Clinical Outcomes of Surgical Pulmonary Valve Replacement after Repair of Tetralogy of Fallot and Potential Prognostic Value of Preoperative Cardiopulmonary Exercise Testing
Background—Indications for surgical pulmonary valve replacement (PVR) after repair of tetralogy of Fallot (rTOF) have recently been broadened to include asymptomatic patients.
Methods and Results—The outcome of PVR in adults after rTOF at a single tertiary centre was retrospectively studied. Preoperative cardiopulmonary exercise (CPEX) testing was included. Mortality was the primary outcome measure. Two-hundred-and-twenty-one PVRs were performed in 220 patients (130 male, median age 32, range 16-64 years). Homografts were used in 117, xenografts in 103 and a mechanical valve in 1 case. Early (30-day) mortality was 2%. Overall survival was 97% at one year, 96% at 3 years and 92% at 10 years. Survival after PVR in the later era (2005-2010;n=156) was significantly better compared to survival in the earlier era (1993-2004;n=65), [99% versus 94% at 1 year and 98% versus 92% at 3 years, respectively,P=0.019]. Earlier era patients were more symptomatic preoperatively (P=0.036) with a lower preoperative peak oxygen consumption (peak VO2,P<0.001). Freedom from redo surgical or transcatheter PVR was 98% at 5 years, and 96% at 10 years for the whole cohort. Peak VO2, VE/VCO2 slope and heart rate reserve during CPEX testing predicted risk of early mortality when analyzed with logistic regression analysis; peak VO2 emerged as the strongest predictor amongst them on multivariable analysis (Odds ratio 0.65 per ml/kg/min,P=0.041).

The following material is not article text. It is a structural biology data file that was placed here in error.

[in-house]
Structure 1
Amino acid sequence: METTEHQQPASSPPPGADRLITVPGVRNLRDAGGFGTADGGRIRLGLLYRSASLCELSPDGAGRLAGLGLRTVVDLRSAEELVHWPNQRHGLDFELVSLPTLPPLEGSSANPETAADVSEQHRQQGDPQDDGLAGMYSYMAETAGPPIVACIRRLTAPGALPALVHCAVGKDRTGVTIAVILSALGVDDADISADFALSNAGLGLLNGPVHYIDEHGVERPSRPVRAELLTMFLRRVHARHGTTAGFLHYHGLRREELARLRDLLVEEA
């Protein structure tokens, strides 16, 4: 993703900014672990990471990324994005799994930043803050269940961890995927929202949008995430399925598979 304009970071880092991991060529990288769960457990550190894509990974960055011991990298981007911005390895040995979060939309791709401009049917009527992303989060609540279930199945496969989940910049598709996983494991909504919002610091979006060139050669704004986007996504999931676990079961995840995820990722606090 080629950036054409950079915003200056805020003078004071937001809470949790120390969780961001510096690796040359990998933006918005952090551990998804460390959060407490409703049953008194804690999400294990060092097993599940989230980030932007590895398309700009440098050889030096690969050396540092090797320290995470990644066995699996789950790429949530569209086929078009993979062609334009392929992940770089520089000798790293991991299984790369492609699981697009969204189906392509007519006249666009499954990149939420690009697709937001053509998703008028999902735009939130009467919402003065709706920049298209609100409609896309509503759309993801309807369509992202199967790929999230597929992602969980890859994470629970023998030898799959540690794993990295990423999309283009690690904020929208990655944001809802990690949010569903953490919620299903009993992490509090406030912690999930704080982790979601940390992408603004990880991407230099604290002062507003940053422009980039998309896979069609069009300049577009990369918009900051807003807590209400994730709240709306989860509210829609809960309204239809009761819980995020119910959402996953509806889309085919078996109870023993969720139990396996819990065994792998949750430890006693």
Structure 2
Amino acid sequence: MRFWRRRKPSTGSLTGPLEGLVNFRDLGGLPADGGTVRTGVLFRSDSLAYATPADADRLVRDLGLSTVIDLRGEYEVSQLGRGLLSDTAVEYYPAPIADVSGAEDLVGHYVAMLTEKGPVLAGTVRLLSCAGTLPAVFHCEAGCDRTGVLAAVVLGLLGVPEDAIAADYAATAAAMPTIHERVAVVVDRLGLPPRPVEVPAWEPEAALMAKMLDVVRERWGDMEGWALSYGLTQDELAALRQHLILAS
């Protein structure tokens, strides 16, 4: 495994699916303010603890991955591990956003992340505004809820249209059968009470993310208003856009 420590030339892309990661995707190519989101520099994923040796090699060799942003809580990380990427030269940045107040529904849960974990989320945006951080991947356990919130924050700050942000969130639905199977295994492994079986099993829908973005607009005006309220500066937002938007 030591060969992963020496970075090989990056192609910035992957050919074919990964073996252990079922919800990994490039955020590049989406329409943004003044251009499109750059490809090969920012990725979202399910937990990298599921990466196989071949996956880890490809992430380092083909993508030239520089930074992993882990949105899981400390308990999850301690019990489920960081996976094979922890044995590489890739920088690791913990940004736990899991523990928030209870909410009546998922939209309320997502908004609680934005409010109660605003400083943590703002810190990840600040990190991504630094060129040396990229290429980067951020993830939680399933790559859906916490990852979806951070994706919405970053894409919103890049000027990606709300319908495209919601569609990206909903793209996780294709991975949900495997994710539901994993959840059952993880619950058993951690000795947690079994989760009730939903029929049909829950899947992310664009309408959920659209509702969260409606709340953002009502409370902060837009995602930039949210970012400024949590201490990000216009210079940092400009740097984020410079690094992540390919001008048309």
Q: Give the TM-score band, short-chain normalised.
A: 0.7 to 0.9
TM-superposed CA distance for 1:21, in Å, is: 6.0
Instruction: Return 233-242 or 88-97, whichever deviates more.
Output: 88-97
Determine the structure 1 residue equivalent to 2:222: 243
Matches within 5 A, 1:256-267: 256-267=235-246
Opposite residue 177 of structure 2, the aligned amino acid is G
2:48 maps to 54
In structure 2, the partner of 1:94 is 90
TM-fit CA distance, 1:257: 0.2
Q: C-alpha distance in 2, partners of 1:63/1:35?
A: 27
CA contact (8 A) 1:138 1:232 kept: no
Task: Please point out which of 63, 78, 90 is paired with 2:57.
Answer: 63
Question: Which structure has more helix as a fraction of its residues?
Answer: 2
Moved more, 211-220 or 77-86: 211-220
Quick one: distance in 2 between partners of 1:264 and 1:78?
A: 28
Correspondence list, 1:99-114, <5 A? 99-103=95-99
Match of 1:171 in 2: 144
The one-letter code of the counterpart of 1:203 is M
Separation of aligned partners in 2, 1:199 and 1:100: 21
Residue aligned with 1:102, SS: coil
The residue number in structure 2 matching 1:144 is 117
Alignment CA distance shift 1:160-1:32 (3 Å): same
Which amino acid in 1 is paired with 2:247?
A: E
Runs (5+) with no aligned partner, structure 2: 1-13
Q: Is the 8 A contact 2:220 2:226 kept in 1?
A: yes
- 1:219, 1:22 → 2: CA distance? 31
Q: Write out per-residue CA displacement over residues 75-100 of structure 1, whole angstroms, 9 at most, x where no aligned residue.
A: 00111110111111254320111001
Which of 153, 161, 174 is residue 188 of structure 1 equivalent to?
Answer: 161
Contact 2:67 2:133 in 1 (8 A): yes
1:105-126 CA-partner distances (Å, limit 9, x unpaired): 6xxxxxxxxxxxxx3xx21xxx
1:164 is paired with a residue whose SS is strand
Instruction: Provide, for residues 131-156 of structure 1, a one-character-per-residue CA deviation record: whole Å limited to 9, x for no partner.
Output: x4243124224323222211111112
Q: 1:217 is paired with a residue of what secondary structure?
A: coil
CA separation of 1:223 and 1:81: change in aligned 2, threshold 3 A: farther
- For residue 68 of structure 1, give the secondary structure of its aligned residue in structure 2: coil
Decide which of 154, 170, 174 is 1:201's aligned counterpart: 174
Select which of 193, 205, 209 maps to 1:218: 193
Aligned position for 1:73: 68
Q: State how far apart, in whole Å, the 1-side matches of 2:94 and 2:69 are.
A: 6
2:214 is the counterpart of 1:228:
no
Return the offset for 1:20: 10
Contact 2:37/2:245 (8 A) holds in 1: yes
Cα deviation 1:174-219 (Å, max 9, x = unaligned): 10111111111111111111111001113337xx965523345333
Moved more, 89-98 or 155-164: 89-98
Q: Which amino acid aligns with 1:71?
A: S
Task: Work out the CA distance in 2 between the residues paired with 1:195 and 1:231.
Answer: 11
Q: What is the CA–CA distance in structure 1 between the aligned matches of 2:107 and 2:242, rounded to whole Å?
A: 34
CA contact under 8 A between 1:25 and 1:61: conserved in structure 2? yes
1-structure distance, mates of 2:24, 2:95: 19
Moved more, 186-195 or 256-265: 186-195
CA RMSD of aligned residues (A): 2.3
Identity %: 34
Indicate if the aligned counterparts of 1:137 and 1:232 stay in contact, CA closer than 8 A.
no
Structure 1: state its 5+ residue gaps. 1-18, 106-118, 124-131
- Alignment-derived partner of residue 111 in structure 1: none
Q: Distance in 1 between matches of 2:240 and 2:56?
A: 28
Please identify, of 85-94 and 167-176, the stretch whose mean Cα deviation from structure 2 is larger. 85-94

Conclusions—PVR after rTOF has a low and improving mortality, with low need for re-intervention. Preoperative cardiopulmonary exercise testing predicts surgical outcome and should therefore be included in the routine assessment of these patients
- pulmonary regurgitation
- cardiopulmonary exercise testing
- tetralogy of Fallot
- congenital cardiac defect
- exercise test
- Received February 1, 2013.
- Revision received September 24, 2013.
- Accepted October 1, 2013.